Overview of Lake Monroe

Note: The following article was written by Brady Barksdale, our summer intern and a student in the IU School of Public Health.

Lake Monroe

History/Background Information

Lake Monroe, located in Brown and Monroe Counties, is the largest man-made body of water in all of Indiana coming in at 10,750 acres and has an average depth of 25 feet with a maximum of 54 feet deep. The lake was built in 1964 and filled with water in 1965 by the Louisville District of the Army Corps of Engineers with the original intention of being a method of flood control for the white river. Creation of this lake cost approximately $16.5 million but since its creation has prevented an estimated $38 million in flood damage. It was not until 1967 that the City of Bloomington decided to use Lake Monroe as a source of drinking water. Before Lake Monroe, the city used Lake Griffy as a source of drinking water, but with the creation of a much larger lake, the city found Lake Monroe to be a much better source of water. Currently, the Monroe Water Treatment Plant is pumping on average 15 million gallons of water per day, with amounts fluctuating as high as 23 million gallons per day in the warmer months.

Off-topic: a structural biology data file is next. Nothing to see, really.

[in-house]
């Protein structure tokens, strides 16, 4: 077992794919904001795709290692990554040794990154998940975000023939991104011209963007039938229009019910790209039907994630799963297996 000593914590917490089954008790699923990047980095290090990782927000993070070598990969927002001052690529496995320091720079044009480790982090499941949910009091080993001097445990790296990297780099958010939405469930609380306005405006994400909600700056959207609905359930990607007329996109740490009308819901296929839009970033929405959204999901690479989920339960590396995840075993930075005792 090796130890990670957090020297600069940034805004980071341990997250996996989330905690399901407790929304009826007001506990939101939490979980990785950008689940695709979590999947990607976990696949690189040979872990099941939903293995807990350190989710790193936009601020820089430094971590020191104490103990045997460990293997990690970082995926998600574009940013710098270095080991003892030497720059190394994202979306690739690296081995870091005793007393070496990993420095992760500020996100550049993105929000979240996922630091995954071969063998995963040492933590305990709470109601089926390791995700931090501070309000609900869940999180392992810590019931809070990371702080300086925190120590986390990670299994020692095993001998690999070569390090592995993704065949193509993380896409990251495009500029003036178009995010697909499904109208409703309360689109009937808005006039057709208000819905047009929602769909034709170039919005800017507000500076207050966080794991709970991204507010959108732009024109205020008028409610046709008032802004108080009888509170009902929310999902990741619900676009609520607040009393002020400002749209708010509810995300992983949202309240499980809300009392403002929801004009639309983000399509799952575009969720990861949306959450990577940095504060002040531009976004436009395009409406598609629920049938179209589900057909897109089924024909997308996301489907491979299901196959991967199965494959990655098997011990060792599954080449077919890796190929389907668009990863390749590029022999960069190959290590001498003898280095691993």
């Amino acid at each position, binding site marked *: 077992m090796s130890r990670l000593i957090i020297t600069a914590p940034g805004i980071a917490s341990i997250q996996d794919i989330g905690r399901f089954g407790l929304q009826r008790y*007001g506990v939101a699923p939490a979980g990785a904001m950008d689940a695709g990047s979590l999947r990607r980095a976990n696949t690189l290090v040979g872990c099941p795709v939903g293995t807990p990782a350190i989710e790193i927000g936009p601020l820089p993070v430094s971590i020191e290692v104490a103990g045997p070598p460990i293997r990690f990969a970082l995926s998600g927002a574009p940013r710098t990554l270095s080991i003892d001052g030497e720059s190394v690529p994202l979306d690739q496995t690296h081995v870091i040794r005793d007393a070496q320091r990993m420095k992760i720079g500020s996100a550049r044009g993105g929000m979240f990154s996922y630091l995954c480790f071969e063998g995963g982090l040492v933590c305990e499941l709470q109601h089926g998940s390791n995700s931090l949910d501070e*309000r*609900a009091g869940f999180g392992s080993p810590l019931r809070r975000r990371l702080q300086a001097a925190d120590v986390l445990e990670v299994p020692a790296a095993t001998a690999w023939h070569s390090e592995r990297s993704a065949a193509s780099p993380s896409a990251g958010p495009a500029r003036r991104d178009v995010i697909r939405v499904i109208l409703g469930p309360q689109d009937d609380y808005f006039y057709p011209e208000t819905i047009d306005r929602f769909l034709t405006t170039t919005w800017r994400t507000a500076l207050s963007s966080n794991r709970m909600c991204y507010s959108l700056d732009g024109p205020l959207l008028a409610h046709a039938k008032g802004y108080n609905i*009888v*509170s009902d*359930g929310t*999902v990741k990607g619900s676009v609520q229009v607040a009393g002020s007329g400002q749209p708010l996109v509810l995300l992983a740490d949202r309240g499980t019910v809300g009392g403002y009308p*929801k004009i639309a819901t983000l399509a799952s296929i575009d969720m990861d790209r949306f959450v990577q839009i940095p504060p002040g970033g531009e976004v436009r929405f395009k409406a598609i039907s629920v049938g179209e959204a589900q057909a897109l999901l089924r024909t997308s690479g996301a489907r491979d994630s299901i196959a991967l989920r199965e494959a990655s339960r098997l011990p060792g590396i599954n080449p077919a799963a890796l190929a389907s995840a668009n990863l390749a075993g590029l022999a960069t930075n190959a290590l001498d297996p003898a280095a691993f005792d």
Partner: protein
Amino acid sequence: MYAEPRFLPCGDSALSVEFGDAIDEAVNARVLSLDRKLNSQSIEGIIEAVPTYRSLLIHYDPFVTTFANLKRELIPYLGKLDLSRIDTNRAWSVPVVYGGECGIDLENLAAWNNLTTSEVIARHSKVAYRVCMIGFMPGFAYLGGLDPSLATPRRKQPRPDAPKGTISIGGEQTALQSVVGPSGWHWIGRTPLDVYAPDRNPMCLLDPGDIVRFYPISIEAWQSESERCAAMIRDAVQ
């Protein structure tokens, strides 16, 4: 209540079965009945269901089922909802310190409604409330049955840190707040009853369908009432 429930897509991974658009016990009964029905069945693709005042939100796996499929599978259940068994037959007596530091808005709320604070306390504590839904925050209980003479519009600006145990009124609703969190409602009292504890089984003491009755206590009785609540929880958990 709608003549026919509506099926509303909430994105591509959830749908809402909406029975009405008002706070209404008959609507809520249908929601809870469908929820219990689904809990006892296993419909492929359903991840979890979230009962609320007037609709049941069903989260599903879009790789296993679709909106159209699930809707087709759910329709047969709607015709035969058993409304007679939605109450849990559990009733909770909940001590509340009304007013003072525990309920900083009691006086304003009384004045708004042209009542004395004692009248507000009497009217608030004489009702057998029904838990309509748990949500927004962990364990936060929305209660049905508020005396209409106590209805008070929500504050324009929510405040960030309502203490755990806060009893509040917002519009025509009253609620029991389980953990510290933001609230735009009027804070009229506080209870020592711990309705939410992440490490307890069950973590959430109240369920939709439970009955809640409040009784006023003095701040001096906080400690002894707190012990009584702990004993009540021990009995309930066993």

Lake Monroe is divided into two basins, the upper and lower basin, which are divided by the State Highway 446 causeway. There are distinct differences in water quality from the upper to lower basin. Much of this is due to the fact that the upper basin, which is much shallower than the upper basin, is receiving upwards of 90% of the total runoff that is entering the lake. All of this runoff causes changes in the turbidity and overall water chemistry of this portion of the lake. The dissolved oxygen levels from each basin also vary. Higher dissolved oxygen levels are seen in the lower basin while lower levels of dissolved oxygen are seen in the upper basin. This has an effect on the fish in these areas given that fish need oxygen to survive. In the lower basin, the dissolved oxygen levels allow for fish to live at depths of 16 to 20 feet deep while the upper basin, with lower dissolved oxygen levels, only allows for most fish to live at depths up to 15 feet. Analysis from the Department of Natural Resources showed lake average surface dissolved oxygen levels ranging from 5.26 ppm to 7.02 ppm with the levels slowly dropping down as the depth increases.

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